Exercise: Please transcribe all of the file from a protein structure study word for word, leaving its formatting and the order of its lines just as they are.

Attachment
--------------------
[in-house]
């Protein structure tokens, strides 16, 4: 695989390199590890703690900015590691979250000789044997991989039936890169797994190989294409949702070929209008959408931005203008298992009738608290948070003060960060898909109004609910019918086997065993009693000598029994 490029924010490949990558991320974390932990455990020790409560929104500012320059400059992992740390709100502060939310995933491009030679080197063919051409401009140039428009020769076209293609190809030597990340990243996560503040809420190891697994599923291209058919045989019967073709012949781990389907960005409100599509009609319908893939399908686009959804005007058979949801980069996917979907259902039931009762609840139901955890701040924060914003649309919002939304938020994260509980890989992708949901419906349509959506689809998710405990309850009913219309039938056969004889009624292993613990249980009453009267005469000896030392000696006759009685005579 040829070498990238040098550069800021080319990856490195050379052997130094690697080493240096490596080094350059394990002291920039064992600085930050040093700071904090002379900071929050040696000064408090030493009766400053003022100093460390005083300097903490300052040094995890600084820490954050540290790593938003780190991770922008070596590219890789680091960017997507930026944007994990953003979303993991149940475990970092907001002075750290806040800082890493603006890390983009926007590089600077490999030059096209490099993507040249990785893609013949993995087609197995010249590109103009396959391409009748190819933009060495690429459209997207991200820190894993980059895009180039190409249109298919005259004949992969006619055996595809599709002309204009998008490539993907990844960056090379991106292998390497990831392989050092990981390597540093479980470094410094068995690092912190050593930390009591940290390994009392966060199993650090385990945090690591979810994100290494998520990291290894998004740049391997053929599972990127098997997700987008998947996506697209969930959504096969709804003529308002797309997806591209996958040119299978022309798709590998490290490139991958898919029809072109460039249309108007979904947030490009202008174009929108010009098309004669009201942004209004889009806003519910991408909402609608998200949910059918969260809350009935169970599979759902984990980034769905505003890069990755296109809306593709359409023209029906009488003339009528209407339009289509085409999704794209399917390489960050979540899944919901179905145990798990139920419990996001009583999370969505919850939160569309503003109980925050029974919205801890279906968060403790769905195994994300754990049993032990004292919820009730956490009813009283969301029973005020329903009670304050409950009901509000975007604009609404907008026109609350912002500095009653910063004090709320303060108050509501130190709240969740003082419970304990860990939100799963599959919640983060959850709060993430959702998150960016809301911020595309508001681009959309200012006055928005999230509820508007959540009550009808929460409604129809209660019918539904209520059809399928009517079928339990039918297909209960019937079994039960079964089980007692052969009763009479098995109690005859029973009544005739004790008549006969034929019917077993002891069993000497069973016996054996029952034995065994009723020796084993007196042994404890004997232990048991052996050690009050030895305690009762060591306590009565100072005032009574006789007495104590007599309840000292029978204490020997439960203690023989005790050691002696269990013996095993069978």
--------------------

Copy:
[in-house]
């Protein structure tokens, strides 16, 4: 695989390199590890703690900015590691979250000789044997991989039936890169797994190989294409949702070929209008959408931005203008298992009738608290948070003060960060898909109004609910019918086997065993009693000598029994 490029924010490949990558991320974390932990455990020790409560929104500012320059400059992992740390709100502060939310995933491009030679080197063919051409401009140039428009020769076209293609190809030597990340990243996560503040809420190891697994599923291209058919045989019967073709012949781990389907960005409100599509009609319908893939399908686009959804005007058979949801980069996917979907259902039931009762609840139901955890701040924060914003649309919002939304938020994260509980890989992708949901419906349509959506689809998710405990309850009913219309039938056969004889009624292993613990249980009453009267005469000896030392000696006759009685005579 040829070498990238040098550069800021080319990856490195050379052997130094690697080493240096490596080094350059394990002291920039064992600085930050040093700071904090002379900071929050040696000064408090030493009766400053003022100093460390005083300097903490300052040094995890600084820490954050540290790593938003780190991770922008070596590219890789680091960017997507930026944007994990953003979303993991149940475990970092907001002075750290806040800082890493603006890390983009926007590089600077490999030059096209490099993507040249990785893609013949993995087609197995010249590109103009396959391409009748190819933009060495690429459209997207991200820190894993980059895009180039190409249109298919005259004949992969006619055996595809599709002309204009998008490539993907990844960056090379991106292998390497990831392989050092990981390597540093479980470094410094068995690092912190050593930390009591940290390994009392966060199993650090385990945090690591979810994100290494998520990291290894998004740049391997053929599972990127098997997700987008998947996506697209969930959504096969709804003529308002797309997806591209996958040119299978022309798709590998490290490139991958898919029809072109460039249309108007979904947030490009202008174009929108010009098309004669009201942004209004889009806003519910991408909402609608998200949910059918969260809350009935169970599979759902984990980034769905505003890069990755296109809306593709359409023209029906009488003339009528209407339009289509085409999704794209399917390489960050979540899944919901179905145990798990139920419990996001009583999370969505919850939160569309503003109980925050029974919205801890279906968060403790769905195994994300754990049993032990004292919820009730956490009813009283969301029973005020329903009670304050409950009901509000975007604009609404907008026109609350912002500095009653910063004090709320303060108050509501130190709240969740003082419970304990860990939100799963599959919640983060959850709060993430959702998150960016809301911020595309508001681009959309200012006055928005999230509820508007959540009550009808929460409604129809209660019918539904209520059809399928009517079928339990039918297909209960019937079994039960079964089980007692052969009763009479098995109690005859029973009544005739004790008549006969034929019917077993002891069993000497069973016996054996029952034995065994009723020796084993007196042994404890004997232990048991052996050690009050030895305690009762060591306590009565100072005032009574006789007495104590007599309840000292029978204490020997439960203690023989005790050691002696269990013996095993069978």